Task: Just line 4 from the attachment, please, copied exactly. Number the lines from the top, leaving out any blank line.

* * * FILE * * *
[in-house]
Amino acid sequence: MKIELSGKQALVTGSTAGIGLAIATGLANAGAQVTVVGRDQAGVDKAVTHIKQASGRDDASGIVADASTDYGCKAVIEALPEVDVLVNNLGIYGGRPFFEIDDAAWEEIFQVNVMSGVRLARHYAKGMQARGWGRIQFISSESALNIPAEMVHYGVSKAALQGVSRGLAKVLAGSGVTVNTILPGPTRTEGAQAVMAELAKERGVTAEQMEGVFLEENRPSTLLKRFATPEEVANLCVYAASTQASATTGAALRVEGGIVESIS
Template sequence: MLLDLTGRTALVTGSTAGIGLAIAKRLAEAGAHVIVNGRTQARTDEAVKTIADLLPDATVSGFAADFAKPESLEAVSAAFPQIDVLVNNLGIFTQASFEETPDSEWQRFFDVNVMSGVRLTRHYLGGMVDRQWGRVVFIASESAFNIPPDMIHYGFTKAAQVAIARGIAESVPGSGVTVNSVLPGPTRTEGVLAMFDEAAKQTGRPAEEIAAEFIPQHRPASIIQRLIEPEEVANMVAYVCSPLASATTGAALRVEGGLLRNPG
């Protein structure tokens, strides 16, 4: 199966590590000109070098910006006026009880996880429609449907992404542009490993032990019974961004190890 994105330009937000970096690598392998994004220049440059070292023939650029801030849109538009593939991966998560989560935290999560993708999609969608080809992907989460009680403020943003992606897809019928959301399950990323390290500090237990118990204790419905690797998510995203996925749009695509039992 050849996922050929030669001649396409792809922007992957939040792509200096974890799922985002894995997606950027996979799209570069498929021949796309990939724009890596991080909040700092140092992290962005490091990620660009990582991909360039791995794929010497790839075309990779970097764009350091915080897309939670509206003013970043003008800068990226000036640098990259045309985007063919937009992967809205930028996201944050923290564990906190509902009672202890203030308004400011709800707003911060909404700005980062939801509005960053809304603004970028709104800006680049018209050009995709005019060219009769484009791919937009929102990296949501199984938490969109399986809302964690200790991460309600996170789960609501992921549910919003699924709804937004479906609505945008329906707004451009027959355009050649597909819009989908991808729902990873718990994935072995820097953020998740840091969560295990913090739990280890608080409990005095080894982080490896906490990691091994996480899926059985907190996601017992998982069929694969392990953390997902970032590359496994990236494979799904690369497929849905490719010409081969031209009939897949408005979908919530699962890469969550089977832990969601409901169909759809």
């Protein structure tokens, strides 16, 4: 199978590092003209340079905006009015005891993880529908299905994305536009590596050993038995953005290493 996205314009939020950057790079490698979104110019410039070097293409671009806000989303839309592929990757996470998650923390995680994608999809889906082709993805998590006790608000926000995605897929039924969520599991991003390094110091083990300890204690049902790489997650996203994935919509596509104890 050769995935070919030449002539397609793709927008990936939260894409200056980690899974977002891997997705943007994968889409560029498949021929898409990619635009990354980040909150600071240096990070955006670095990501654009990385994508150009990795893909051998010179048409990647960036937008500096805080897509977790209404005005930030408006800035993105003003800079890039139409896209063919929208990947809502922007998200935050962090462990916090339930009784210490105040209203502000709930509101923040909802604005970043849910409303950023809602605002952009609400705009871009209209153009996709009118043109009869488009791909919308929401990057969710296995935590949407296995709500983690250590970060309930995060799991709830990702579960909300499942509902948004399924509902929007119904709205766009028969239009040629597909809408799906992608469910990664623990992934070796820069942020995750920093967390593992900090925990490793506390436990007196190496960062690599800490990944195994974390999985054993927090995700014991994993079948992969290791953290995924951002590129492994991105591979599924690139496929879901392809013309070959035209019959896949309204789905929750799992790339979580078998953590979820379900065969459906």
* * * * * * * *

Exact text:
């Protein structure tokens, strides 16, 4: 199966590590000109070098910006006026009880996880429609449907992404542009490993032990019974961004190890 994105330009937000970096690598392998994004220049440059070292023939650029801030849109538009593939991966998560989560935290999560993708999609969608080809992907989460009680403020943003992606897809019928959301399950990323390290500090237990118990204790419905690797998510995203996925749009695509039992 050849996922050929030669001649396409792809922007992957939040792509200096974890799922985002894995997606950027996979799209570069498929021949796309990939724009890596991080909040700092140092992290962005490091990620660009990582991909360039791995794929010497790839075309990779970097764009350091915080897309939670509206003013970043003008800068990226000036640098990259045309985007063919937009992967809205930028996201944050923290564990906190509902009672202890203030308004400011709800707003911060909404700005980062939801509005960053809304603004970028709104800006680049018209050009995709005019060219009769484009791919937009929102990296949501199984938490969109399986809302964690200790991460309600996170789960609501992921549910919003699924709804937004479906609505945008329906707004451009027959355009050649597909819009989908991808729902990873718990994935072995820097953020998740840091969560295990913090739990280890608080409990005095080894982080490896906490990691091994996480899926059985907190996601017992998982069929694969392990953390997902970032590359496994990236494979799904690369497929849905490719010409081969031209009939897949408005979908919530699962890469969550089977832990969601409901169909759809």